The second point is the Potala Palace, in Lhasa, Tibet. Steve’s childhood dream was to visit this destination. He credited it for sparking his lifelong passion for travel, and it was a site to which he made multiple pilgrimages.

The third is Pitcairn Island, which held a special fascination for Steve. One of the remotest locations on the planet, in the middle of the South Pacific Ocean and thousands of miles distant from New Zealand, French Polynesia, and the coast of South America, Pitcairn also came to stand for other remote islands he visited: Lord Howe Island, the Cocos (Keeling) Islands, the Australian Antarctica Island of Macquarie, to list only a few. Steve traveled to all 193 countries recognized by the United Nations, and a total of 324 unique global destinations designated by the Travelers Century Club, the membership organization of some 1,500 devoted travelers from around the world.

The fourth point on Steve’s compass rose is the agricultural village of Old Corinth, Greece, which came to symbolize the extraordinary gift Steve had for deep and long lasting friendships with so many people everywhere in the world. For example, the bonds he made with fellow Eagle Scouts while a teenager living in England matured into a lifetime brotherhood of inseparable friends, no matter that they lived on several different continents. Then there was Ruby Abercrombie, the hospitable local woman who always gave the young Second Lieutenant a warm welcome at her dinner table in Dahlonega, GA while he was at Ranger Camp, and Steve never forgot her kindness. And for more than 50 years, he shared his friendship, support, devotion, and unquenchable zest for life with the simple farming family in Greece living in a world so different from his own. In every place on earth Steve visited, there are friends who love him and honor him.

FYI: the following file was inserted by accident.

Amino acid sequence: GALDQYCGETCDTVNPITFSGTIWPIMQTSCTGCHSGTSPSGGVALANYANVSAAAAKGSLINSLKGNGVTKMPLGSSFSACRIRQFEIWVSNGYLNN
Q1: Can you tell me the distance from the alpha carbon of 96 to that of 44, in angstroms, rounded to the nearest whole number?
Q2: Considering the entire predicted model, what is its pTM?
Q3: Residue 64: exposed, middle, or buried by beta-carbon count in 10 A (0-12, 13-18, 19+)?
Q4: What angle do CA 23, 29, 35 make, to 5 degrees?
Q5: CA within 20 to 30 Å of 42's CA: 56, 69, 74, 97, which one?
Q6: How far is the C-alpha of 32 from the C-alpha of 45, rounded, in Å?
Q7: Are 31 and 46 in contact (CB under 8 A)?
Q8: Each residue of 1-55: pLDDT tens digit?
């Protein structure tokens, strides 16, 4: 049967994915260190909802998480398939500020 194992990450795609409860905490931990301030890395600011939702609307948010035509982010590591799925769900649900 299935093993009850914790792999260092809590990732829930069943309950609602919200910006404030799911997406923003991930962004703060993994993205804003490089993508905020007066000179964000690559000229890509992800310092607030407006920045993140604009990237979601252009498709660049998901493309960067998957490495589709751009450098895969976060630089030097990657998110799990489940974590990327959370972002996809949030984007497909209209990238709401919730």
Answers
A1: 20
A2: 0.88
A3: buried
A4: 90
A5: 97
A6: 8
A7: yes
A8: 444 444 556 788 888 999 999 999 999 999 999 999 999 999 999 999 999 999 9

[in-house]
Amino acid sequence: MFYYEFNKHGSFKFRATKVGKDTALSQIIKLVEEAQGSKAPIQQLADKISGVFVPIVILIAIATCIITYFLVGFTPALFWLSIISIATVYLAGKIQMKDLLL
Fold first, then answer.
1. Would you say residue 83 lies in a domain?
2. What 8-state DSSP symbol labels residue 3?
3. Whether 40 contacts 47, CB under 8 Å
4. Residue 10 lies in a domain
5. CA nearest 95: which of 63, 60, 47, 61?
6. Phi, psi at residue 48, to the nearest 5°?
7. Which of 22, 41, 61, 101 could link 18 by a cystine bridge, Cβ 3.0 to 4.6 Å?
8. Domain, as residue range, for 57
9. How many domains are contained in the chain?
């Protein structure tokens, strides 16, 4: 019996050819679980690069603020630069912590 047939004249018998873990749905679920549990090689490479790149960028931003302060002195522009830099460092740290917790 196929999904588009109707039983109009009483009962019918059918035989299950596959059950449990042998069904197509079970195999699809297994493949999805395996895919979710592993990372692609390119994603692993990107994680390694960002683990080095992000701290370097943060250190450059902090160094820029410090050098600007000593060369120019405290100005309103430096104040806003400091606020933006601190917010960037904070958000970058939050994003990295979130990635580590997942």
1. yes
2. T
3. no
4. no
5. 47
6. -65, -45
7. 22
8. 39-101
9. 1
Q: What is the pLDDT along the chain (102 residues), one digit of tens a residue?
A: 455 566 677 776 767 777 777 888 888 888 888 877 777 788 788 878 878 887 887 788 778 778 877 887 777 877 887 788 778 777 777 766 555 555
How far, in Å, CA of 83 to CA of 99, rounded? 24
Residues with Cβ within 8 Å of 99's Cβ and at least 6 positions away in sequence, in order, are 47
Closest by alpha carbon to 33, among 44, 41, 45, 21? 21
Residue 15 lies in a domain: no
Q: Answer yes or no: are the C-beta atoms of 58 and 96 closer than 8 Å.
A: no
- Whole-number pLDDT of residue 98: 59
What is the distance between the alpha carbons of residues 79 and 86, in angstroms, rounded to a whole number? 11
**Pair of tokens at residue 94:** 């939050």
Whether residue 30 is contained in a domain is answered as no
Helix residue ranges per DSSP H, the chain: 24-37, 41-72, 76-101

Steve is predeceased by his brother, Jeffrey Knight Warner (USMA Class of 1964), and survived by his sister, Randall Victoria; sister-in-law Gloria; daughters Stephanie and Linda; niece, Michelle; nephews, Michael and Tasso; and by his life partner, Sally McNally Shimell.

Steve Warner’s epitaph at Arlington National Cemetery will read, “Soldier, Patriot, Traveler.”

In lieu of flowers, please join us in celebrating Steve’s life with a donation to help support servicemembers and veterans families during their time in need through the Fisher House Foundation.


No public services are scheduled at this time. Receive a notification when services are updated.


Stephen Dwight Warner

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Kathleen de Russy

April 27, 2021

Steve was a good friend. We shared a history of having families who were USMA centered. We attended the same high school at Bushy Park in London for a year. I was so happy to have spoken to him fairly recently. He will be missed. Duty,Honor,Country are words that are our guide. RIP,Steve.